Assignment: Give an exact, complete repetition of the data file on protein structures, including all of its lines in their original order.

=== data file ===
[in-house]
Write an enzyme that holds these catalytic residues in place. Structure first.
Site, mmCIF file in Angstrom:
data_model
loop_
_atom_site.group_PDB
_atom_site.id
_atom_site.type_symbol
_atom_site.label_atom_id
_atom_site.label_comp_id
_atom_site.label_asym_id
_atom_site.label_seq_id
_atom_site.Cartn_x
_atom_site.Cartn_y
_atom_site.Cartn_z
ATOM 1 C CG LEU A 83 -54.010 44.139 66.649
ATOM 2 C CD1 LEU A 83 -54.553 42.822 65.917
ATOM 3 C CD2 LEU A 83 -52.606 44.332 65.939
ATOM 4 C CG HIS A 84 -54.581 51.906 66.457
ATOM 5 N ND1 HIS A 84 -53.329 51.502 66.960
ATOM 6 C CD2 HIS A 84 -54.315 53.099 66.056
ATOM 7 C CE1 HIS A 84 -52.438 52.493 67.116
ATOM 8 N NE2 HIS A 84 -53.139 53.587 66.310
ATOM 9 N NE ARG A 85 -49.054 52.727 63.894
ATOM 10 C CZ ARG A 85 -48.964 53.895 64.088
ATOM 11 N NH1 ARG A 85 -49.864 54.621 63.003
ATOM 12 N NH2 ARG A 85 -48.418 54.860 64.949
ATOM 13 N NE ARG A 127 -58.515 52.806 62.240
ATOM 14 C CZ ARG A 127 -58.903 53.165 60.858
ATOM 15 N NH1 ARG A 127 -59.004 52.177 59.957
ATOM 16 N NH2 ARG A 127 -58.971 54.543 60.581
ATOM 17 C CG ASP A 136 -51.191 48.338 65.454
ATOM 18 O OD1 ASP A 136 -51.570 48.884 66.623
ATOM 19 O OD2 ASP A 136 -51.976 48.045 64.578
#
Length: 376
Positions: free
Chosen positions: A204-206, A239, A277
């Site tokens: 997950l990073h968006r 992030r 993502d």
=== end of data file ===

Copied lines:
[in-house]
Write an enzyme that holds these catalytic residues in place. Structure first.
Site, mmCIF file in Angstrom:
data_model
loop_
_atom_site.group_PDB
_atom_site.id
_atom_site.type_symbol
_atom_site.label_atom_id
_atom_site.label_comp_id
_atom_site.label_asym_id
_atom_site.label_seq_id
_atom_site.Cartn_x
_atom_site.Cartn_y
_atom_site.Cartn_z
ATOM 1 C CG LEU A 83 -54.010 44.139 66.649
ATOM 2 C CD1 LEU A 83 -54.553 42.822 65.917
ATOM 3 C CD2 LEU A 83 -52.606 44.332 65.939
ATOM 4 C CG HIS A 84 -54.581 51.906 66.457
ATOM 5 N ND1 HIS A 84 -53.329 51.502 66.960
ATOM 6 C CD2 HIS A 84 -54.315 53.099 66.056
ATOM 7 C CE1 HIS A 84 -52.438 52.493 67.116
ATOM 8 N NE2 HIS A 84 -53.139 53.587 66.310
ATOM 9 N NE ARG A 85 -49.054 52.727 63.894
ATOM 10 C CZ ARG A 85 -48.964 53.895 64.088
ATOM 11 N NH1 ARG A 85 -49.864 54.621 63.003
ATOM 12 N NH2 ARG A 85 -48.418 54.860 64.949
ATOM 13 N NE ARG A 127 -58.515 52.806 62.240
ATOM 14 C CZ ARG A 127 -58.903 53.165 60.858
ATOM 15 N NH1 ARG A 127 -59.004 52.177 59.957
ATOM 16 N NH2 ARG A 127 -58.971 54.543 60.581
ATOM 17 C CG ASP A 136 -51.191 48.338 65.454
ATOM 18 O OD1 ASP A 136 -51.570 48.884 66.623
ATOM 19 O OD2 ASP A 136 -51.976 48.045 64.578
#
Length: 376
Positions: free
Chosen positions: A204-206, A239, A277
């Site tokens: 997950l990073h968006r 992030r 993502d």